I’m not being histrionic either: the show is demonstrably misogynistic. Name me one female character who is anything more than a sex object? Name me one male character who sees a female character as anything more than a sex object? Name me one conversation had in the programme, or a plot device, that doesn’t involve the four half-wits seeking to shag senseless any woman that’ll accept their creepy, repugnant, acne-addled advances? It’s impossible.

Will’s mum is sniggered at by three (we’ll let Will off here, though the show probably could go that low if audience figures rewarded it) nervous twats struggling to stifle wood, because – guess what? – she’s a hottie, and that’s all she can be. Carli isn’t the love of Simon’s life for any real, transcendental reason – no, that would require thoughtful writing about the true emotions of teenagers – but is instead in possession of the vagina he’s wanted to squirt inside the longest.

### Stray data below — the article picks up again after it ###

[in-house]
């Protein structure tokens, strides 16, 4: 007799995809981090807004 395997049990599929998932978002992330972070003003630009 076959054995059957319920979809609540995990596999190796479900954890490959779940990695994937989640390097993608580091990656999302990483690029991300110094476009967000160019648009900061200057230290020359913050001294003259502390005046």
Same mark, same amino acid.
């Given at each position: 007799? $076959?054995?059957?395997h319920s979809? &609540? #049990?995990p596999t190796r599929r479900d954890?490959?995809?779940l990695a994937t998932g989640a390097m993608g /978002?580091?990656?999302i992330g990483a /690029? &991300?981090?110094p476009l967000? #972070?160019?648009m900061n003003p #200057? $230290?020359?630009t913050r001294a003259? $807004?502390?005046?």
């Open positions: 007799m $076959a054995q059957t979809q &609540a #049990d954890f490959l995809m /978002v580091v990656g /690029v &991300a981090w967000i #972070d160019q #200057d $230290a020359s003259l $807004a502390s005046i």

Women in the show are objects. They exist to be sexed. Thank fuck for feminism, look how far we’ve come: women get to be jeered at by the geeks in the corner, with their tiny cocks slopped on the table. Emancipation must taste great.

It’s not just women either; the gays also get their much-deserved ribbing. Find me one episode that doesn’t make heavy use of the word ‘bender’? Again, you can’t.

Will, Simon, Jay, and Neil love to call each other a ‘bender’, because that’s what we did in college, right? All our best friends were ‘benders’, and anyone who for a split-second didn’t want to get their dick wet was an absolute ‘bender’. Oh, and how can we forget the larks we had when we found out our friend’s dad was gay – how he was such a ‘bumder – a combination of bummer and bender’?